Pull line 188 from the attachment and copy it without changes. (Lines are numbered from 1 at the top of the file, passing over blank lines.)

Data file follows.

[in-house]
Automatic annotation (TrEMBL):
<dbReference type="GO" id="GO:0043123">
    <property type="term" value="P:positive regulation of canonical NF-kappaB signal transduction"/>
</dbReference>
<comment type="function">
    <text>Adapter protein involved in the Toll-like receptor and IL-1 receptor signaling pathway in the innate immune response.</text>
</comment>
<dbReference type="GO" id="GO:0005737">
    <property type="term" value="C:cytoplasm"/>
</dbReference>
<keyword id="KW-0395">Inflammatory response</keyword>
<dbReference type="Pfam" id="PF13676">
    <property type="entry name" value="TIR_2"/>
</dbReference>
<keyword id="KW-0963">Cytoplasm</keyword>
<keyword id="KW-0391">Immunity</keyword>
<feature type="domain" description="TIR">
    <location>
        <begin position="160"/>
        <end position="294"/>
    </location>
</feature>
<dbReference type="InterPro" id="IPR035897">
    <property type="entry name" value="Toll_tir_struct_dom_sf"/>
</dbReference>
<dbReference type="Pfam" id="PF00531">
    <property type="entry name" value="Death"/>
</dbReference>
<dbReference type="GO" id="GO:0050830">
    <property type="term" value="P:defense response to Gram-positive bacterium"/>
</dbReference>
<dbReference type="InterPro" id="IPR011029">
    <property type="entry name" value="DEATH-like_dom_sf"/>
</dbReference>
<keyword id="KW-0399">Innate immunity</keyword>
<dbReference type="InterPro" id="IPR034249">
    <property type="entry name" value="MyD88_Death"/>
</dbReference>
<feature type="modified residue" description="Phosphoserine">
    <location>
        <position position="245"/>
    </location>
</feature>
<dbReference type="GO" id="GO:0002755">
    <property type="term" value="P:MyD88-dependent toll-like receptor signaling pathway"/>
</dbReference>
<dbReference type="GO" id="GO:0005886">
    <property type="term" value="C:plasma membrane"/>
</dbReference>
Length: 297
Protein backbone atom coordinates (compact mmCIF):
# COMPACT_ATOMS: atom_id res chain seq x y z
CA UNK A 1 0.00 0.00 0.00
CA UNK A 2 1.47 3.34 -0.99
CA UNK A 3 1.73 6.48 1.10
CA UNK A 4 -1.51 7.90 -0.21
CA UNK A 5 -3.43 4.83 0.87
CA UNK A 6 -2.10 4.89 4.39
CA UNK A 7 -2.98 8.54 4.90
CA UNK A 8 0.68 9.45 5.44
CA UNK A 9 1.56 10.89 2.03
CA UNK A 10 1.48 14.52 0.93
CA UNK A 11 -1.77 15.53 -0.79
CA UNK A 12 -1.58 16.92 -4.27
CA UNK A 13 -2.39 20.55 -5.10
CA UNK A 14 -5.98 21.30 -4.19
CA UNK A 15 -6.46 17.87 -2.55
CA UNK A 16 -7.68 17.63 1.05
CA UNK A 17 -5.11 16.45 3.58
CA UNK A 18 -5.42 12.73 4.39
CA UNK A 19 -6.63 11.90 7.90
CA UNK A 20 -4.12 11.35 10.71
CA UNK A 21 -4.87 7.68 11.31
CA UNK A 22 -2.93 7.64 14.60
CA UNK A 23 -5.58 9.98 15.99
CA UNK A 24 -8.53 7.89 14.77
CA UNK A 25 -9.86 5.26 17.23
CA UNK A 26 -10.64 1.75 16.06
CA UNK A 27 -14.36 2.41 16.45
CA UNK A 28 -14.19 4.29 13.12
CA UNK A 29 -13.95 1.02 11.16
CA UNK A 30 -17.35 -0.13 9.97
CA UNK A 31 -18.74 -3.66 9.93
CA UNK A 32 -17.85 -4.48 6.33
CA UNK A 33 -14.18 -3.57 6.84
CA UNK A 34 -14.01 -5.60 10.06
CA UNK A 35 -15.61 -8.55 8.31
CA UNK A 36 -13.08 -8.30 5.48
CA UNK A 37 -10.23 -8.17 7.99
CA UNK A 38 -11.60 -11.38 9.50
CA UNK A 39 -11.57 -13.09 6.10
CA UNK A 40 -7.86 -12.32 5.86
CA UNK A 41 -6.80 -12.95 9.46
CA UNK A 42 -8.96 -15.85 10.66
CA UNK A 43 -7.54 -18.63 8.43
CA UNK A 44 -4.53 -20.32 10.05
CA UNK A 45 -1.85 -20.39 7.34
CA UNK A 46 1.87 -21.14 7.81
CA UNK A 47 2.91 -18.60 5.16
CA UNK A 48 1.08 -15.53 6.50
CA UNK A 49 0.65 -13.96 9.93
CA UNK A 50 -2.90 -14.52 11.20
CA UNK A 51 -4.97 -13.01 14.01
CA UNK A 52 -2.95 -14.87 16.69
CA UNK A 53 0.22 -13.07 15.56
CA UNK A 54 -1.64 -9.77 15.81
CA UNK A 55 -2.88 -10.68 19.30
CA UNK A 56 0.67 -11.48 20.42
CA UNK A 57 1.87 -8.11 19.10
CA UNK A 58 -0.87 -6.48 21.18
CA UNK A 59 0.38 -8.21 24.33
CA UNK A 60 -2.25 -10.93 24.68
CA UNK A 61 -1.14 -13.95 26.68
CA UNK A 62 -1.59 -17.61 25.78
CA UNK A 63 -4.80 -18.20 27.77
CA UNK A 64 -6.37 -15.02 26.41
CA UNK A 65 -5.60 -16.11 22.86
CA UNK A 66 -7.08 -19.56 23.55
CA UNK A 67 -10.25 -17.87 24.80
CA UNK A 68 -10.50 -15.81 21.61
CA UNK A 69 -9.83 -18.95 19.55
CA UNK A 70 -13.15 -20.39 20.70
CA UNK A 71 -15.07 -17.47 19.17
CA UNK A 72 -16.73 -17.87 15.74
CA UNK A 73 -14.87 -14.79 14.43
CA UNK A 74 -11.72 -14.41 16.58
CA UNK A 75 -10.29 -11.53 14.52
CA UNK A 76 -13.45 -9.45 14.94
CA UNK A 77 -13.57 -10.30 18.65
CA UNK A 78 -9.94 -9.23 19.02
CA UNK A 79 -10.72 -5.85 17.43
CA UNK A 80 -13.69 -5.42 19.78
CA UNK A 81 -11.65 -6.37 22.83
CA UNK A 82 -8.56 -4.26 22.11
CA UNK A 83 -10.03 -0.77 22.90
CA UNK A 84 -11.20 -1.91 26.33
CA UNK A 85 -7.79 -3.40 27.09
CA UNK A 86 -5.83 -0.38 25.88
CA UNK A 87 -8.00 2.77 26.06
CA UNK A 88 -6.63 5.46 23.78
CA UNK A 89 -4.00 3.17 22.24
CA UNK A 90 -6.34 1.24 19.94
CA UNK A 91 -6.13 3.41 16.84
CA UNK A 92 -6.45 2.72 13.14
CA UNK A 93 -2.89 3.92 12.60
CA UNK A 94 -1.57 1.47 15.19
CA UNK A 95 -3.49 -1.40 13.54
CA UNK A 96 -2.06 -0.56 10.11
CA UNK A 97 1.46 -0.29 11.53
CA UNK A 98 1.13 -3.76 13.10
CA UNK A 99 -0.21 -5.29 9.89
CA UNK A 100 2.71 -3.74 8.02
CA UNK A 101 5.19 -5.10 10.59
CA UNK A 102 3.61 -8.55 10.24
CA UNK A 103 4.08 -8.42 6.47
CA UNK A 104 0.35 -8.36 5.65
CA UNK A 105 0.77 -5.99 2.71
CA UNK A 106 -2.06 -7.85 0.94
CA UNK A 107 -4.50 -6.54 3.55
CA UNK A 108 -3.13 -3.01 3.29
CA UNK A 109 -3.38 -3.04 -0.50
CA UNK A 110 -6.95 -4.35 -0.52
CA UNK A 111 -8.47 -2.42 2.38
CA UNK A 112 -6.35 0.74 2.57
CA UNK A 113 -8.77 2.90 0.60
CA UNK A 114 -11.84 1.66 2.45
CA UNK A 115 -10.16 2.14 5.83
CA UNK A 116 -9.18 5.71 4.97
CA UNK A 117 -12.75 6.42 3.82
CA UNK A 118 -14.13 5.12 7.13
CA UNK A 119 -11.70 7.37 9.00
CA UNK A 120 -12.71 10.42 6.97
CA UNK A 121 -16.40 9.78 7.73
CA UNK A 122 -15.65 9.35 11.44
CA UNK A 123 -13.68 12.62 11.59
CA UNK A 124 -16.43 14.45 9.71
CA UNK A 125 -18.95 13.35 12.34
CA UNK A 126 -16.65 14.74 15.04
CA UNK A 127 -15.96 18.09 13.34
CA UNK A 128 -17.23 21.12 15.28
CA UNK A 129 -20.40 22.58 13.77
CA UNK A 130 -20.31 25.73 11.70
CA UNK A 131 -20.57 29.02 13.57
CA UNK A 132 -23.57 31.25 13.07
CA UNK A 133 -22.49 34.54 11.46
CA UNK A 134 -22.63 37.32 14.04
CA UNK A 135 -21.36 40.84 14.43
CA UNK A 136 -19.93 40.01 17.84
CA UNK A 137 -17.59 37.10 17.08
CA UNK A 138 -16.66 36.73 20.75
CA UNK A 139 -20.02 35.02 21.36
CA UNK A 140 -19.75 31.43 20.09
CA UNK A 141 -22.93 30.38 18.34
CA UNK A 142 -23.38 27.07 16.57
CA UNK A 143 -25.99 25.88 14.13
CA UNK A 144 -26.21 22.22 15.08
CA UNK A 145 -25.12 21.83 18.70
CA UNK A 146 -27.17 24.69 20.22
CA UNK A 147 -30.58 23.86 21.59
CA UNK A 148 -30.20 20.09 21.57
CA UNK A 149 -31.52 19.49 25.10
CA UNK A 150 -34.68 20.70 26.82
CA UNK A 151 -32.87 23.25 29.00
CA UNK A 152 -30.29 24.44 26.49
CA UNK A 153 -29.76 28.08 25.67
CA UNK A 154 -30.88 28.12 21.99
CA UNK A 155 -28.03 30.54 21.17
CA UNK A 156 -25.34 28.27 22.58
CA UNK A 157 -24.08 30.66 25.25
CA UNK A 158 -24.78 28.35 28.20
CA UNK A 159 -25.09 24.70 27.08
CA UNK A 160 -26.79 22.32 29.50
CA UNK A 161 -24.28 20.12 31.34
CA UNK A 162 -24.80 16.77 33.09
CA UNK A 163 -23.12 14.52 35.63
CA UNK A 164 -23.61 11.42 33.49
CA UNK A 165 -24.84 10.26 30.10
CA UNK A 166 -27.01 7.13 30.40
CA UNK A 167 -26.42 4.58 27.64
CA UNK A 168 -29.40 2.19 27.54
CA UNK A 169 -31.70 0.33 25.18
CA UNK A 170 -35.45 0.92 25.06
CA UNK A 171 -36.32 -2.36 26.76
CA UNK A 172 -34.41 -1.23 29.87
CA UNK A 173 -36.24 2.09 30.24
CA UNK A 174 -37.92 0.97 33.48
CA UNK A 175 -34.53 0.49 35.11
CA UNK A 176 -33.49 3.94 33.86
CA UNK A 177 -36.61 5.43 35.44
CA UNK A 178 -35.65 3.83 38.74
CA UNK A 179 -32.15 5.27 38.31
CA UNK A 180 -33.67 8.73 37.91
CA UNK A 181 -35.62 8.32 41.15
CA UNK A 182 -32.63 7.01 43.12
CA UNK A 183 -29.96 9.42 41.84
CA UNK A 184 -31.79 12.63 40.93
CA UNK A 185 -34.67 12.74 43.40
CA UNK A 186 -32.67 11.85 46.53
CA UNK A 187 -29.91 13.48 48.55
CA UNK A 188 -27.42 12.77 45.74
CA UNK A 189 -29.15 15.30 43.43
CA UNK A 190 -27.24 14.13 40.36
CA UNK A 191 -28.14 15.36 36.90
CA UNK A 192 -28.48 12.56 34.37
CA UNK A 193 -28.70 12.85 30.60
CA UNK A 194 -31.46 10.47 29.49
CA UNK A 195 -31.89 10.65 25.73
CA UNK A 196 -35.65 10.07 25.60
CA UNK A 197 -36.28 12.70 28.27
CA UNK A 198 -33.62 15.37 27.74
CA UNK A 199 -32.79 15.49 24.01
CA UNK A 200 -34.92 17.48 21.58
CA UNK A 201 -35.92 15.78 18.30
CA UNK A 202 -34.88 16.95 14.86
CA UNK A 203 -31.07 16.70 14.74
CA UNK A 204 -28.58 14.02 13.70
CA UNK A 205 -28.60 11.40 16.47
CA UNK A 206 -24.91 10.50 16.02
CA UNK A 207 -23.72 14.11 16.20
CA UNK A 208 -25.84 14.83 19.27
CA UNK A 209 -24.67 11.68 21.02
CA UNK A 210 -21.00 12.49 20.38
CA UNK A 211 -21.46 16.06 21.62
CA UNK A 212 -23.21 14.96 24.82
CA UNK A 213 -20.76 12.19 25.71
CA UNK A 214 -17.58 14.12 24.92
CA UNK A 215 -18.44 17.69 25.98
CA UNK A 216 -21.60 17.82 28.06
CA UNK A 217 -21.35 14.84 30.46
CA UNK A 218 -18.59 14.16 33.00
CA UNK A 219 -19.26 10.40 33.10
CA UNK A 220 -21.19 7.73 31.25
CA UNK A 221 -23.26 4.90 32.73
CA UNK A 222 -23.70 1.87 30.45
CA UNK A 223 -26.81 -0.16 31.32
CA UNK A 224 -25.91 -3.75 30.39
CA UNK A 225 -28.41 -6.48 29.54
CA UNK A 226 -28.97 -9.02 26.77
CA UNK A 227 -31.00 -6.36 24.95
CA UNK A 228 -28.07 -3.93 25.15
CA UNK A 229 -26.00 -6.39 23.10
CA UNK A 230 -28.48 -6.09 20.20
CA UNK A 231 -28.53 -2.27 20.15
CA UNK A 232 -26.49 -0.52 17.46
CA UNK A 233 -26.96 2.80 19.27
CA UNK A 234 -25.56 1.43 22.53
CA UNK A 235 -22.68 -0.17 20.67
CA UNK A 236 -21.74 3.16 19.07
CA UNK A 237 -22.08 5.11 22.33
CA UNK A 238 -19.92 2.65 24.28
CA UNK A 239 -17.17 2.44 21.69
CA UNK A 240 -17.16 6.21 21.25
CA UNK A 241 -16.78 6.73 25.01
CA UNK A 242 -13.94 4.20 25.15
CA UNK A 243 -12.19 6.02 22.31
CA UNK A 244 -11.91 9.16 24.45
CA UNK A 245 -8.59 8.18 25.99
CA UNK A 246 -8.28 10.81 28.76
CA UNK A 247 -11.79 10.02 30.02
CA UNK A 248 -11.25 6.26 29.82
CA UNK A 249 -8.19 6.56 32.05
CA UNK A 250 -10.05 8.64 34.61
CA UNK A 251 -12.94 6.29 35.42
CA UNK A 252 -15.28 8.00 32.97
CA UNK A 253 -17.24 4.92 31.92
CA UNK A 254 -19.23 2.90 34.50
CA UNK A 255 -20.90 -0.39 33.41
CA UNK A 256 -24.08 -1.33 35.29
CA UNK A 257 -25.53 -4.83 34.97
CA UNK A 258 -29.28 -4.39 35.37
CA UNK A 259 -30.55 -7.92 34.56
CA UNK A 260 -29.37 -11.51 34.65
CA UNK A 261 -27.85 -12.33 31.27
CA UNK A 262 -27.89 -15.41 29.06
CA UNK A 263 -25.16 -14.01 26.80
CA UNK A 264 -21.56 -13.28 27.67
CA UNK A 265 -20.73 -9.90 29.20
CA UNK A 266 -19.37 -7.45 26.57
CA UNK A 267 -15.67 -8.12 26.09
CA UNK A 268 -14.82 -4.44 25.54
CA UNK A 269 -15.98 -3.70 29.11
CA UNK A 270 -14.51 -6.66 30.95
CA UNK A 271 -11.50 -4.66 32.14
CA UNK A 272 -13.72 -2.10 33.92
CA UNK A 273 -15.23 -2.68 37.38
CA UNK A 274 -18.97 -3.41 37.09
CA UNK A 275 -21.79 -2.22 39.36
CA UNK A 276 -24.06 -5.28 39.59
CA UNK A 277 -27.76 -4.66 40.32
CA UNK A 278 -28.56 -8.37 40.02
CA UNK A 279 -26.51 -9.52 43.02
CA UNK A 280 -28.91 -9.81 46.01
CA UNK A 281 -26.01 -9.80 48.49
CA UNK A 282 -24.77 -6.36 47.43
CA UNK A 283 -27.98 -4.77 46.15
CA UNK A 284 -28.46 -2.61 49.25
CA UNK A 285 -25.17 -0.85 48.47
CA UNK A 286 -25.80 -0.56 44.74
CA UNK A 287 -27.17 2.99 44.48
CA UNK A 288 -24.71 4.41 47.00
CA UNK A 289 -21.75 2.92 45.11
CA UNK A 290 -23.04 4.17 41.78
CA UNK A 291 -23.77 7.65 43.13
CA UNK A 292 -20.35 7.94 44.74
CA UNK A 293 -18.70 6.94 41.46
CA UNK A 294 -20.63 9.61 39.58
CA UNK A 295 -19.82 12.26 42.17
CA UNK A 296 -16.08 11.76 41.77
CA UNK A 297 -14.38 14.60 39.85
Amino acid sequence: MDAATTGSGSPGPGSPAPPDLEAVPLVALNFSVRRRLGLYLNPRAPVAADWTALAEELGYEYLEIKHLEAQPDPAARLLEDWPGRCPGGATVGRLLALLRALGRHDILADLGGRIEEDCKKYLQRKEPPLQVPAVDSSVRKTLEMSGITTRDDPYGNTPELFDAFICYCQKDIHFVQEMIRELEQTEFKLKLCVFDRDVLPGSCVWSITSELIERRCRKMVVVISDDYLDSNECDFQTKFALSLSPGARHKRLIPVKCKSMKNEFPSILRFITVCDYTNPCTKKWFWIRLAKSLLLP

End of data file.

CA UNK A 135 -21.36 40.84 14.43